As I am sure you know Senator, only 2% of almost $800 million is spent on all programs. In order for meaningful programs to be available to everyone who is incarcerated, there needs to be a real investment in up-to-date vocational training (not sewing flags) and adult basic education. 3,000 (out of about 5,600 people) on a waiting list for these necessary programs is criminal.
    Finally, the DOC and the sheriffs need to finally provide the data called for on the CJRA. The sheriffs have finally started but the DOC lags far behind. Without data, there is no transparency and no accountability. Both in short supply.

  27. Sometime in a land (time) far away, there was the start of privatization of prisons for profit. Enter Will Brownsberger.. and others who see through the elusiveness ambiguities of this charade..

  28. I appreciate this report and the work you put into it!
    I also support the moratorium on new prison construction. We could put that money towards better use, and a reasonable bill could still allow for necessary spending on existing facilities.
    When it comes to restorative justice, researchers find that the best way of reducing crime is a multitude of community programs. It won’t be one answer, it will be many that work in tandem to catch as many vulnerable or at risk people as possible. I was sad to see the reduced budget that passed this summer, especially after so many people voted for the millionaire tax as a ballot measure, because I think that money could have done a lot of good in the kinds of local programs that build community and reduce crime.

  29. Hi Senator,

    Thank you for sharing this piece and for your ongoing support of community-based reentry.

    The Commonwealth has been a strong partner on implementing best practices in the reentry world, and we sincerely appreciate the funding support that has allowed us to serve more clients than ever before. I shared your piece with my reentry team and asked them to consider your questions around strategies that will lower crime in our hardest hit communities and how we can restructure our correctional system to emphasize rehabilitative programming.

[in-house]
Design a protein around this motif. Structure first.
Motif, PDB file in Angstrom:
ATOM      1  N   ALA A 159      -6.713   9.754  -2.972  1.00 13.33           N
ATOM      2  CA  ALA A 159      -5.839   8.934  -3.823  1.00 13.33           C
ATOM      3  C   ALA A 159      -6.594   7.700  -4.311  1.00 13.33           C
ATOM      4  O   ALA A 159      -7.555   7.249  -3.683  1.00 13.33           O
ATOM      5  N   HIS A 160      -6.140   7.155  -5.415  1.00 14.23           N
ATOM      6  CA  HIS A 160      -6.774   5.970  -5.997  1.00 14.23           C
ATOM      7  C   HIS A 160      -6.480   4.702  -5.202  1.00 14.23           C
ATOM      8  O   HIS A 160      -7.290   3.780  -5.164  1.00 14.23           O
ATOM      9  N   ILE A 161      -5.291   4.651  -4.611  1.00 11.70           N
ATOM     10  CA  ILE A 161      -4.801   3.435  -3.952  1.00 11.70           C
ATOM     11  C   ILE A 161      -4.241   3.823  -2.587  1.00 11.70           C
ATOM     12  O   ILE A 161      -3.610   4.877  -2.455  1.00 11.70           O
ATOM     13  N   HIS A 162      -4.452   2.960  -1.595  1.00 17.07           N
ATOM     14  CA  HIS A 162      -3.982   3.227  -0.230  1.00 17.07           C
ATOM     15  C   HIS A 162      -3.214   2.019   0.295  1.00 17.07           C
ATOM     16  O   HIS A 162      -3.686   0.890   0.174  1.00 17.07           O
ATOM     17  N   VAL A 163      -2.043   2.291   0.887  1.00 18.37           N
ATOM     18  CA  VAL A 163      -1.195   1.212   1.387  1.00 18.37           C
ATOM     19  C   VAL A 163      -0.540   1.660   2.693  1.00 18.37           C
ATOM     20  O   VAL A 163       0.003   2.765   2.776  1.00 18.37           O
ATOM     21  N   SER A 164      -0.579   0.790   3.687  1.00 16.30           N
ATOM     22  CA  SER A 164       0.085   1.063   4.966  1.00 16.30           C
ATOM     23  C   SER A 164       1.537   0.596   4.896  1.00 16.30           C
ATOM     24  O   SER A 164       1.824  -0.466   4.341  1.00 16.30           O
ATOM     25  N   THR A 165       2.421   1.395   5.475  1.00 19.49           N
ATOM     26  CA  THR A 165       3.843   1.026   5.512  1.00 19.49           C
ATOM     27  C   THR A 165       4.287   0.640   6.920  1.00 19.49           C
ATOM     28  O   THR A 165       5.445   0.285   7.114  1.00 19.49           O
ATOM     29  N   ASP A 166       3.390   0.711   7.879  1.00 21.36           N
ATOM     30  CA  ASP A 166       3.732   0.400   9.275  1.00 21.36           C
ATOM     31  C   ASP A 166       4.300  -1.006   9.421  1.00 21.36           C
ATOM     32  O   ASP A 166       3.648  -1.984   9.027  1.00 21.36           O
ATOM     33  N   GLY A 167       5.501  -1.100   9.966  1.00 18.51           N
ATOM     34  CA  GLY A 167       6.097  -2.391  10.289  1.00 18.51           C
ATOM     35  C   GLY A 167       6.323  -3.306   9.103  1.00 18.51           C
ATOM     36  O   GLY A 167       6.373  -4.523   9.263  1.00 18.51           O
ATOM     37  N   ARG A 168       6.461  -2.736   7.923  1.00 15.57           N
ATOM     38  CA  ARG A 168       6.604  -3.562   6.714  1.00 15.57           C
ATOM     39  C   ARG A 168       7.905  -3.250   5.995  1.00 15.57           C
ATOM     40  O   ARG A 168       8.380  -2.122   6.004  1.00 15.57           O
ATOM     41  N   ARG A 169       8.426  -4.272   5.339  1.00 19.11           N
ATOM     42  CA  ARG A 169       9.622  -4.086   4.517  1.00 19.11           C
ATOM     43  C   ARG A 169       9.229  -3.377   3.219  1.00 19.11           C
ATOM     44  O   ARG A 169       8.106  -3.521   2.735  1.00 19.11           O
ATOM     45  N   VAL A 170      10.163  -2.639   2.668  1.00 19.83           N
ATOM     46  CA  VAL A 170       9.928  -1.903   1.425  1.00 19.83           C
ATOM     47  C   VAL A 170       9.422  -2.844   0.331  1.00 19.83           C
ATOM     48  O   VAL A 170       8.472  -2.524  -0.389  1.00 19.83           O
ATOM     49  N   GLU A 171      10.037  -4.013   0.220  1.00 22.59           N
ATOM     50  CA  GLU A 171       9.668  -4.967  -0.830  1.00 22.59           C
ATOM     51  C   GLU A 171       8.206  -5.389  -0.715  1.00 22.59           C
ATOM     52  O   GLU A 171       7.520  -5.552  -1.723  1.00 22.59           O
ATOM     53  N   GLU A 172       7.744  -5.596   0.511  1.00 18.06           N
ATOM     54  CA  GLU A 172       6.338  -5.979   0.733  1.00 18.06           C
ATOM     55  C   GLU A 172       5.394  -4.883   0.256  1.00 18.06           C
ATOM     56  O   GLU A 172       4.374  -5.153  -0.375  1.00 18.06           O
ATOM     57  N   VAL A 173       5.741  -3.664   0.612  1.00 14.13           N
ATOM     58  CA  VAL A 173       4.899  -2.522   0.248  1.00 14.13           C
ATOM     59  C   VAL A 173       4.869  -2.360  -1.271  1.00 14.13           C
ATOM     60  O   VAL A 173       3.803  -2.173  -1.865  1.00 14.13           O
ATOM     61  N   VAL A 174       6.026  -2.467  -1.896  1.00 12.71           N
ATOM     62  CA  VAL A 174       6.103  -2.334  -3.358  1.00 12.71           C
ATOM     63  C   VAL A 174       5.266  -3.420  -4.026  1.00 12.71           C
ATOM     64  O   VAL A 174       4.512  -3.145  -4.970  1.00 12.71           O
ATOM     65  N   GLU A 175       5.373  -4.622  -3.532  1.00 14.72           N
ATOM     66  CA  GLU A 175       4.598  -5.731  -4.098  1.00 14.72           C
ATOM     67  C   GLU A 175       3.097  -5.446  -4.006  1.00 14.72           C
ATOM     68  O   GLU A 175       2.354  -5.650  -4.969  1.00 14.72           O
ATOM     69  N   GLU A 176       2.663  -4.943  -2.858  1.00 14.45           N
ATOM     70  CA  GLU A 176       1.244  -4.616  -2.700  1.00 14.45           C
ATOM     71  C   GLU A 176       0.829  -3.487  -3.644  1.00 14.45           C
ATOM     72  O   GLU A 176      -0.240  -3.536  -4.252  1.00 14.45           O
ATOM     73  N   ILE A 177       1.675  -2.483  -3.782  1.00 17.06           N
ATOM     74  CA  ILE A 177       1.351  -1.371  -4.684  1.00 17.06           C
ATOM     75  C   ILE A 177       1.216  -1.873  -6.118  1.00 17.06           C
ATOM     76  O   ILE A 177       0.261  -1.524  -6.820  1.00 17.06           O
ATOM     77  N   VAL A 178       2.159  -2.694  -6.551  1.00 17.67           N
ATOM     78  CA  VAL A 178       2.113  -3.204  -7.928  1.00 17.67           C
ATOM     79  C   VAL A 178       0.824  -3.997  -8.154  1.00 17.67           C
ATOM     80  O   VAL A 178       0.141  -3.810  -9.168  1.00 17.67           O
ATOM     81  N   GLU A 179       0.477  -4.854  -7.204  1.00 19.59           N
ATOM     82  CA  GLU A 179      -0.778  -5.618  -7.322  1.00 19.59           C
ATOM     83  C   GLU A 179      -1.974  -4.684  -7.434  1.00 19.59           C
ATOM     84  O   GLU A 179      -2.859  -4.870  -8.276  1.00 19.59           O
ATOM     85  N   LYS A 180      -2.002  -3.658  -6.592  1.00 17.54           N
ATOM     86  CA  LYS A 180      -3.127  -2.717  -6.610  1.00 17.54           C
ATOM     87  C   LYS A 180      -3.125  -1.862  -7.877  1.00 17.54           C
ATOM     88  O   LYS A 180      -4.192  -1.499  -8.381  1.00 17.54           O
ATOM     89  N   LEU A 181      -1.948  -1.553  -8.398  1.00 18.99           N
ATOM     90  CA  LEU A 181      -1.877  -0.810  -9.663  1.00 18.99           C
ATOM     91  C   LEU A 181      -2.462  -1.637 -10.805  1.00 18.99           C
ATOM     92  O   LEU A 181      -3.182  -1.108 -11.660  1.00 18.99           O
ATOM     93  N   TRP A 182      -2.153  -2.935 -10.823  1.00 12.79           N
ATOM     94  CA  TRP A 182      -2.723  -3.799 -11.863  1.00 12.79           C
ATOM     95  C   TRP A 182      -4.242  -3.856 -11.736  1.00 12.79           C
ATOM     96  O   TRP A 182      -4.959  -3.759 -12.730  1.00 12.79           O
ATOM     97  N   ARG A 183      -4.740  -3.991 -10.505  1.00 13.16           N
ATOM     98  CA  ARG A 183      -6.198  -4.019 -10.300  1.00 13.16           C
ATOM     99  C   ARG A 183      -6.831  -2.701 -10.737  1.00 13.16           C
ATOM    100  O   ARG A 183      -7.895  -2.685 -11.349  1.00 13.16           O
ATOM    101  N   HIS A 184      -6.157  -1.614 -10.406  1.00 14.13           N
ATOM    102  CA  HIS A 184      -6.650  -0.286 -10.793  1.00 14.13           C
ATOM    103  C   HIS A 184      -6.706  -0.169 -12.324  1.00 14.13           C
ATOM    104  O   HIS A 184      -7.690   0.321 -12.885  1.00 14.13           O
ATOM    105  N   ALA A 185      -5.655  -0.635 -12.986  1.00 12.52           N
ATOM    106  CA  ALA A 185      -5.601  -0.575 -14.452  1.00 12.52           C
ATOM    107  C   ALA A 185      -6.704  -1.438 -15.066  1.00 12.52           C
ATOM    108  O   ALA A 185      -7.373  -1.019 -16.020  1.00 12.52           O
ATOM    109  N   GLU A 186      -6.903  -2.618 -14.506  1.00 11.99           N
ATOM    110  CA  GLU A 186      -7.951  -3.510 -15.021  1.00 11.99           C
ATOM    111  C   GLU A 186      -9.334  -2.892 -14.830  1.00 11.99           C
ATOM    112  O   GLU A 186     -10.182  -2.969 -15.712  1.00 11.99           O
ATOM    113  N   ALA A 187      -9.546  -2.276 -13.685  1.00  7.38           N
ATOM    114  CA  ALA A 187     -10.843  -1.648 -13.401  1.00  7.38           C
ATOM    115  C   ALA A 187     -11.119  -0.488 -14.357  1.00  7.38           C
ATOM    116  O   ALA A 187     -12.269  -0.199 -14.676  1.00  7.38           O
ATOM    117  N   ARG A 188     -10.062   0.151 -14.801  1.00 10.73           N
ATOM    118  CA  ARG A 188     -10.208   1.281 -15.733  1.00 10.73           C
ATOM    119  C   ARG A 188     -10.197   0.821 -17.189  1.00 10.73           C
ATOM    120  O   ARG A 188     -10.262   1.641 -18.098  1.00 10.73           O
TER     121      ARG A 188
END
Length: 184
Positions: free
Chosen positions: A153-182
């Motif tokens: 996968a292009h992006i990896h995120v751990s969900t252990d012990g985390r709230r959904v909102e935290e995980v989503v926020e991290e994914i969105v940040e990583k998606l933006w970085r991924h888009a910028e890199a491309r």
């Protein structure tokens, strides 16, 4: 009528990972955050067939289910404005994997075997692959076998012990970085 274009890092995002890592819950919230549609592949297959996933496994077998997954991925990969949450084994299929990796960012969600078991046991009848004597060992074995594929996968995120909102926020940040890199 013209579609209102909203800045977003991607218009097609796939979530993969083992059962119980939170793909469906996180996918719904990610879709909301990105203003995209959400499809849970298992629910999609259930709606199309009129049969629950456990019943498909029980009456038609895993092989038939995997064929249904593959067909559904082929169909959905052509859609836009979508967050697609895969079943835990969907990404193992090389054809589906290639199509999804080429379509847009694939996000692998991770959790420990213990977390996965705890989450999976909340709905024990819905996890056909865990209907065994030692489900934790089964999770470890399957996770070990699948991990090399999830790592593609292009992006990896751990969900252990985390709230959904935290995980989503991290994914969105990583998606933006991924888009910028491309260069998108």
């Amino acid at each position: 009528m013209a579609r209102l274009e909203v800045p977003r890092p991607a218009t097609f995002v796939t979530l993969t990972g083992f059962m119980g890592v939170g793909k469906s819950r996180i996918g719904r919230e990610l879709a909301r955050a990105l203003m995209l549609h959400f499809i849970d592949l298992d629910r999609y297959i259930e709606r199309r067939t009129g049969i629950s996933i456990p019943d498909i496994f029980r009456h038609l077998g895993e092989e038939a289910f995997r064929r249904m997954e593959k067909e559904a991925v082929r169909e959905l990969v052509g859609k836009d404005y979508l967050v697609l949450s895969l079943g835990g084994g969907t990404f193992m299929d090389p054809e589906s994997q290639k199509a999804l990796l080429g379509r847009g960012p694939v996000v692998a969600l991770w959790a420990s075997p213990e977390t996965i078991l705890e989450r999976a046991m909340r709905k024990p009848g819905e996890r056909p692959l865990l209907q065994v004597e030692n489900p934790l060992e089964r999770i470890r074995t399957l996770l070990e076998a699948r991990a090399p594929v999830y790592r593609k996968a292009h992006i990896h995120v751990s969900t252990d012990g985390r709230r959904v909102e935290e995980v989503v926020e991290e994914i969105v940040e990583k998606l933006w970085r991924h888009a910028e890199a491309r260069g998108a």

Our answer is clear: Through years of research and practice, we know that high quality, community-based reentry providers provide the best approach needed to reduce recidivism. Supporting returning citizens is not a one-size-fits-all approach, and being able to be nimble while allowing someone to adjust to life in the community makes all the difference. We also strongly support increasing the use of cognitive-behavioral type interventions with justice-involved individuals and making sure we match the right resources to the right people.

    We are always here as a sounding board and partner. Thanks for your outreach, and I look forward to more collaboration in this new year.

    Deborah M. O’Brien
    President & CEO Community Resources for Justice

  30. “….(a) what are the community-based strategies that will do the most to lower crime in the communities that are still hard hit; (b) how should we structure our correctional system so as to make the best use of resources and to continue the increased emphasis on rehabilitative programming[?]” -Senator Brownsberger

    (a) 1. Give parents more information and responsibility to control their children’s social media use and consequences for the commission of crimes using devices. 2. As it was after Russia’s full-scale invasion of Ukraine where U.S. media companies could no longer tolerate and profit from platforming the Russian Times (RT) long known as the Kremlin propaganda arm, so to with 10/7 must stop profiting off analogous situation with Al-Jazeera media which is equally causing injury to our country. 3. Teach civics. 4. Everybody play by the same rules. 5. Tbd

    1. 5. Stop normalizing criminal behavior in general and a specific, relatively mild example: It’s not ok to stalk behind someone on the T and invade their personal space with questionable intent and sometimes bump into them in order to use a paying customer to thieve a ride.
      6. There should be enough good paying jobs and wealth equality for kids to ride the T without the stigma of being in a neighborhood where there are proposals for literal welfare bus lines. These are not free bus lines it’s welfare and it’s wrong.

      1. I’m not saying welfare is an absolute wrong, but making kids ride on the “poor buses” is messed up and normalizing socialism is messed up and injurious to democracy and the republic.

  31. A lot has happened since 2018. During the Regan-Clinton era society closed care facilities and threw our sick onto the streets and prisons took up the slack. Hopefully, these reforms can get people care and repair family and civil life. Now we have EDP and homeless living on T platforms and Cambridge Common and in the wetlands between the Fitchburg Cutoff and the posh developments and under bridges. The contractors who work the T need training as mental health counsellors and have to spend their time policing for vagrants and keeping people from smoking.

    Also, were not preparing our youth for resiliency, but stroking their egos.